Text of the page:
Hello and welcome to my Capita Black Snowboard of Death review.
In this review I will take a look at the Black Snowboard of Death (BSofD) as a Freeride snowboard.
As per tradition here at SnowboardingProfiles.com I will give the BSofD a score out of 100 (based on several factors) and see how it compares with other Freeride snowboards.
Board: Capita Black Snowboard of Death 2017
Price: $619 (USD recommended retail)
Flex: Medium to Medium/Stiff (6.5/10)
Rating Score: 82.6/100
Compared to other Men’s Freeride Boards
Out of the 20 Men’s Freeride snowboards that I rated:
- The average price was $599 (USD)
- The average score was 81.9/100
- The highest score was 91.8/100
- The lowest score was 57.1/100
- The BSofD ranked 10th out of 20
Overview of the Black Snowboard of Death’s Specs
Check out the tables for the BSofD’s specs and available sizes.
|Style||Freeride||Flex||Medium (6.5 out of 10)|
|Ability Level||Advanced to Expert||Feel||Locked In|
|Camber Profile||Hybrid Camber||Shape||Tapered Directional|
|Stance Setback||Setback 12.5mm||Edge-hold||Medium snow|
|Price||$619 (USD)||Base||Nano-Carbon Race Base™|
|Waist Width (mm)||253||256||259||262|
|Weight Range (lbs)||125-175||135-185||150-200||155-210+|
|Weight Range (kgs)||57-79||61-84||68-91||70-95+|
Who is the Black Snowboard of Death Most Suited to?
Anyone who isn’t superstitious about the name!
This board is ideal for anyone looking for a freeride deck but wants one that is a bit softer flexing than your average freeride deck.
So if you want to ride the backcountry finding powder, carve up the trails and generally ride hard and fast – but want a little bit more forgiveness in the flex, then the BSofD is a great choice. It also handles jumps pretty well – so if you like to throw in some jumps over rollers and drops off lips etc
This is definitely not for beginners – this is an advanced rider’s board only.
The Black Snowboard of Death in More Detail
O.k. let’s take a more detailed look at what the BSofD is capable of.
Board: Capita Black Snowboard of Death 2017, 159cm, (waist width 256mm)
Date: February 27th, 2016
Conditions: Choppy and slushy on the groomers. Some sparse pockets of powder off. Rain came later in the afternoon but fine prior to that. Visibility great all day even when the rain came.
Bindings angles: +18/+3
The strength of this board is in powder. I didn’t find a lot of it on the day I rode the BSofD, but when I did get the chance to float over some slushy powder this board really felt at home.
It’s got a tapered directional shape, a 12.5mm setback and some rocker (reverse camber) towards the nose – these things all really help this board to be a good powder floater.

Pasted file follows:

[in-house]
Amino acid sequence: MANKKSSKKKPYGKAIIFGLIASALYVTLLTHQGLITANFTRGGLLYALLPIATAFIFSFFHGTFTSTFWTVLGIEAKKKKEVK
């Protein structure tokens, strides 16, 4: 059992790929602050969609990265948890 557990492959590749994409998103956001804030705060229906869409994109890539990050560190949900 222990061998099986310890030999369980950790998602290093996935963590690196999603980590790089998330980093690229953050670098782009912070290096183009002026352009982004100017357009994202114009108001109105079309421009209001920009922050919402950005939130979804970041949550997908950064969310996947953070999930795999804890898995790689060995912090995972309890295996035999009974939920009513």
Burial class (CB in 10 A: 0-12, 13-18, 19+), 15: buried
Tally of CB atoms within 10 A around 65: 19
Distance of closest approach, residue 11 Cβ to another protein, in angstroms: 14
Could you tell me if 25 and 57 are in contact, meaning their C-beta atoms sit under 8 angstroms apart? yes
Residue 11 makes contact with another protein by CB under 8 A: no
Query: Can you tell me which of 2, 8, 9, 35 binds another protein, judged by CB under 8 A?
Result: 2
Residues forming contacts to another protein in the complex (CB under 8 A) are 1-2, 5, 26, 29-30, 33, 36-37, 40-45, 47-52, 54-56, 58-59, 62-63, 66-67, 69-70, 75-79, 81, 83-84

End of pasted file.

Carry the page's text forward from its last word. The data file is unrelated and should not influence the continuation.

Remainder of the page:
Felt really nice on a carve when I got the chance to open it out. Felt no fear of washing out and could really get up on the edge and carve with confidence (in the spots where I could – it was very choppy).
This board is pretty fast and pretty stable at speed. It would probably feel even faster and more stable at speed if it was a bit stiffer. But I guess that’s the deal with this board – it’s a bit softer flexing but this is on purpose to help it to stand out from other freeride boards.
So if you want a softer flexing freeride board then this is definitely a good option – just be aware that it does necessarily sacrifice some stability at speed because of it.
Let’s Break up this text with a Video
One thing that that softer flex does do is help this board to be better in bumpy conditions. Which I was definitely thankful for on the day because there was plenty of that!
It handles going through, around or just charging straight over all the bumps.
The other thing I found with board was that it was better with jumps than your average Freeride deck. If you really want to go through the jump line in the park you can. But what this is really useful for on the rest of the mountain is dropping off lips and popping over rollers.
It’s got a fair bit of pop and it’s stable but forgiving on landings.
Not great riding switch. Feels a bit cumbersome in the other direction. But that’s not surprise really. With a setback stance, tapered directional shape and an aggressive feel, it was never going to be great riding switch – nor is it designed to be.
You can definitely survive if you’re going backwards at any point for short bursts, of course – but not one if you want to be riding a lot of switch.
Changes from the 2016 Model
There have been a couple of changes for the 2016/17 compared with the 2015/16 model.
- The camber section has been elongated
- Lower tip height
- Nano-Carbon Race Base™
Score Breakdown and Final Verdict
Check out the breakdown of the score in the table below.
|FACTOR||RATING (OUT OF 5)||CONTRIBUTION TO FINAL SCORE|
|TOTAL after normalizing||82.6/100|
Overall this was a fun board to ride and I definitely wish I had more powder to take it through. What powder I got was just a teaser.
Probably the biggest stand out for this board compared with other freeride boards is the softer than average flex for the type of board. This has advantages and disadvantages.
If you’re willing to sacrifice a little bit of stability at speed for some better jumping ability and the ability to butter if you wanted to, but otherwise still want a freeride board, then this is a great option.
More Info, Current Prices and Where to Buy Online
If you’re looking to learn more about the Black Snowboard of Death, are ready to buy or want to research current prices, check out the links below.
Thanks for reading and I hope you found this review helpful. If you want to check out other freeride options or see how the BSofD compares to other freeride decks, check out the link below.